Around May 6 - 7 some of those arrested from Meldro Gungkar, Phenpo Lhundrup and Takste Counties (in the Lhasa vicinity of the TAR) were released. Included in the releases were around 300 from Lhundrup County, including about 35 nuns from Shar Bhumpa Nunnery (nearly all of the nuns at that institution were detained in early April).

Many of this recently released group were suffering from injuries inflicted while in detention. An elderly man from Meldro Gungkar County died of his injuries within a few days of release. Kunga was around 60 years of age, and his death brings the toll to 207.

There have been other confirmed cases of people being released in a very critical condition following severe abuse, and dying after their release. Nechung was a mother of four children from Ngaba County, and was held in custody for just 9 days in March (for having taken away a door plate from a township office during a demonstration). She was in a dire condition on release, was then taken to a government hospital, but was refused admission due to intimidation by authorities. She finally died around the middle of April.

In Nagchu Prefecture, in the Tibetan "Autonomous" Region, 15 year-old Sonam Gyalpo was arrested on May 9 in Sog County for shouting freedom slogans at the public market. On April 20, 19 year-old monk Chokdhen Tsultrim from Zendhen Monastery in Sog County was arrested for scattering posters in the county and in Nagchu town.

Tibetans have continued holding protest actions in Kardze County, Kham (Ch: Sichuan), which seems to be one of the enduring epicentres of the uprising movement. On May 22, four nuns of the Nyimo Gaysey Nunnery in Kardze County protested against the ongoing crackdown and illegal arrests of Tibetan people, and their detentions in Chinese prisons. The nuns distributed leaflets around the county government headquarters and called out freedom slogans. Public Security Bureau officers quickly rushed to the scene, arrested the nuns and administered beatings. The whereabouts and condition of Bhumo Tengha, Rinchen Jamatsang, Jamgha Dolma and Pema are not known.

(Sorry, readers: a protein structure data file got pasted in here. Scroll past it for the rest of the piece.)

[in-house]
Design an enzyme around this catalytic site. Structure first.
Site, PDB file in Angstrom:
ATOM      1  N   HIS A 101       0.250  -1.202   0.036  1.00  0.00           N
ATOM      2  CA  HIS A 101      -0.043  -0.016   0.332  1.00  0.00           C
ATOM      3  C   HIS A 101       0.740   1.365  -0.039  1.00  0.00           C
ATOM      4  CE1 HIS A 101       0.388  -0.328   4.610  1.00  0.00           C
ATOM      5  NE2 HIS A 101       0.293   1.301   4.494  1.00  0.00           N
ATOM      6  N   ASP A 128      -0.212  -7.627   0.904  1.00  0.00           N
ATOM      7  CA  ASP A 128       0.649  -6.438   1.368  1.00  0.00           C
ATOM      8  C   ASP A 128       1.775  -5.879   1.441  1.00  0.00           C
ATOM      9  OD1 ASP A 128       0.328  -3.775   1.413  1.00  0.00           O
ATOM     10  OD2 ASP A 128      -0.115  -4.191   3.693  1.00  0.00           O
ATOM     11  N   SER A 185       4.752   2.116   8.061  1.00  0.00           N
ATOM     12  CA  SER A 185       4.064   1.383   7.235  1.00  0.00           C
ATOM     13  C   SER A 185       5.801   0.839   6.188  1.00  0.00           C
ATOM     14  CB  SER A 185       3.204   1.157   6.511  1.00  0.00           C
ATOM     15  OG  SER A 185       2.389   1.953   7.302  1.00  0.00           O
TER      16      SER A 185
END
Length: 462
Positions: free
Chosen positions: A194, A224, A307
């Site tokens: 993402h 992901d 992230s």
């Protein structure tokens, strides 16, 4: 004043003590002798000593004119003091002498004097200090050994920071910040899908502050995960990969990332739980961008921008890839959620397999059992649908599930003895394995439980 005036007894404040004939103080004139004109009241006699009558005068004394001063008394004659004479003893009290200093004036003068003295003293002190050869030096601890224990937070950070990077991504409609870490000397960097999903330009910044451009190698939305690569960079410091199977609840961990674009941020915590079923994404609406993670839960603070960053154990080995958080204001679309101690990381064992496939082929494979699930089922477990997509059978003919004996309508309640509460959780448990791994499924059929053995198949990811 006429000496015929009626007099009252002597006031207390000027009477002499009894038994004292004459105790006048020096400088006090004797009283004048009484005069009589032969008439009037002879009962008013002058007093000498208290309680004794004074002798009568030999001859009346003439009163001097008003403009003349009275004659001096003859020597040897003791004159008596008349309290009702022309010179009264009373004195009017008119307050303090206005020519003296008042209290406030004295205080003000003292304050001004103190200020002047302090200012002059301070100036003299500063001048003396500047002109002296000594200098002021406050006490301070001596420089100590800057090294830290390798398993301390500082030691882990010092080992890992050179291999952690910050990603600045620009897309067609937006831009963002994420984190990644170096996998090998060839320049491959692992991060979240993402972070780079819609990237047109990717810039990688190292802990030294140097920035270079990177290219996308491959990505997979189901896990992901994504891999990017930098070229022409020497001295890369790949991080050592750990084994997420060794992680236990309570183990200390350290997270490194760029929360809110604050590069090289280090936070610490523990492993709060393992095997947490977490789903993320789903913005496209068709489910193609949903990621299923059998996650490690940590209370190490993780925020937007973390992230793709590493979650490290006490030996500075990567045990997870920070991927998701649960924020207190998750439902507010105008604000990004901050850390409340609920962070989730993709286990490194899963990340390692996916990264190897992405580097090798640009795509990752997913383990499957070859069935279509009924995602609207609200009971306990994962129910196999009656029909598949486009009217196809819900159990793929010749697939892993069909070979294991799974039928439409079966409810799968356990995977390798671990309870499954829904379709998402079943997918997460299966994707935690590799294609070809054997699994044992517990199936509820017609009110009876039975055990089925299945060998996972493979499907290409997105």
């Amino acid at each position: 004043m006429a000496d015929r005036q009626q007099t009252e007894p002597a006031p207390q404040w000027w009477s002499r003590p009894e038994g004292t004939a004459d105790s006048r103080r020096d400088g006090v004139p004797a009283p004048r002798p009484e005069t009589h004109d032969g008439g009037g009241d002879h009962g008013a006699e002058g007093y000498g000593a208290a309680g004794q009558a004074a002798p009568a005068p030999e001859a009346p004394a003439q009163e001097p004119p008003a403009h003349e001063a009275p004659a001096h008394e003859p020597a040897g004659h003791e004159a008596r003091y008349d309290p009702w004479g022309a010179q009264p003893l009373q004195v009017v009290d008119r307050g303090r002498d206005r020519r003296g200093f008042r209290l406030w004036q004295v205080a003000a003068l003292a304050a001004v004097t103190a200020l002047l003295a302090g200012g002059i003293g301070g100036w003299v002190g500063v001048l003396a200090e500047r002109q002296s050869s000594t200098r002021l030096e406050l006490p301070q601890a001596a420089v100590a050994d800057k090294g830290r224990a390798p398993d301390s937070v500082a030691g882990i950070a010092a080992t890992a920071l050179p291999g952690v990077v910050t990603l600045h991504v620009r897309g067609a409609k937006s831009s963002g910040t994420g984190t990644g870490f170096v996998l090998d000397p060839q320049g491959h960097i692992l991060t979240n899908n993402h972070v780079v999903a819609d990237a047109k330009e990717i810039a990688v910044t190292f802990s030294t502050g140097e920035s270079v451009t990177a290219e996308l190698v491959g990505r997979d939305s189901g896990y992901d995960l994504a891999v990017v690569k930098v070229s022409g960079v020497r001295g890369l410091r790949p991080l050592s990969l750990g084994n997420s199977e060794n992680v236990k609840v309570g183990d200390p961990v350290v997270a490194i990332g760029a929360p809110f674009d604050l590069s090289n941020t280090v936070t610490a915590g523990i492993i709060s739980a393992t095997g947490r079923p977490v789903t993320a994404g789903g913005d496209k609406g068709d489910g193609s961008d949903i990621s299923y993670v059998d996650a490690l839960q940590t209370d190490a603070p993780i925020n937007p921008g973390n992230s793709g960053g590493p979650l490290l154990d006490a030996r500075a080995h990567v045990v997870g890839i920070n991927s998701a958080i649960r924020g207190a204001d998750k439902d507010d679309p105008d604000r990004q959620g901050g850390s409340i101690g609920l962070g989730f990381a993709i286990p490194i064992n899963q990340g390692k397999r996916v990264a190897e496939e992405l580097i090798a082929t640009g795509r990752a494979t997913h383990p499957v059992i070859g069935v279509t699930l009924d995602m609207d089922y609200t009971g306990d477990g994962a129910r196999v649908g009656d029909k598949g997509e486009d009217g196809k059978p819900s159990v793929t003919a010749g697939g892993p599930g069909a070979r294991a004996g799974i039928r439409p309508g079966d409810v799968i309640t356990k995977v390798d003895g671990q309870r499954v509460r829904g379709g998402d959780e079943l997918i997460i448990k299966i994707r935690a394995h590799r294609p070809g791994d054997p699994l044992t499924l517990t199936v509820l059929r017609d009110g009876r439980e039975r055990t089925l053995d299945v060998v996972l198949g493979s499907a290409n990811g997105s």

On May 23 two nuns of Dargay Hardu Nunnery staged a peaceful protest, again at the popular spot -- the Kardze County government headquarters offices. Ven. Jampa Lhamo, 30, and Ven. Rinzin Wangdon, 23, called out freedom slogans at the offices.

Of course they both knew arrest would be inevitable and immediate, which it was. They would have expected to be beaten by Public Security Bureau officers before hauled off to the PSB detention centre, and they were. There is no further information on their condition. As stated here before, the nuns of this region have clearly shown that they are fearless and tough individuals. Carrying out demonstrations like these is pure self-sacrifice, nothing less. Photos of the two nuns are on the above linked page.

The Central Tibetan Administration separately confirmed both incidents on May 26. And in Lhasa, still under very tight control of the military, a public demonstration was reported to Tibet Info Network just last Saturday.
Sources from Lhasa have reported that a demonstration took place in Lhasa in front of the Tsuglagkhang (Jokhang), the city's main temple and Tibet's most sacred. According to unconfirmed reports, there were around 100 protesters, most of whom were arrested.
Our determined Tibetan citizen journalist (important update about her below) writes on May 21 that early on in the uprising, Tibetans had also been arrested in Dechen Prefecture, Kham (located in one relatively small corner of Yunnan Province). Their misdeeds ranged from looking at banned websites to having too many foreigner acquaintances (many tourists visit this area). She reports that these people have gradually been released -- in good condition and without mistreatment, often owing to sympathetic Tibetan prison guards. This is in contrast with reports she receives from Tibetans working in Lhasa's security and legal system, who disclosed that the orders given to police in the holy city is, "to beat them until they confess."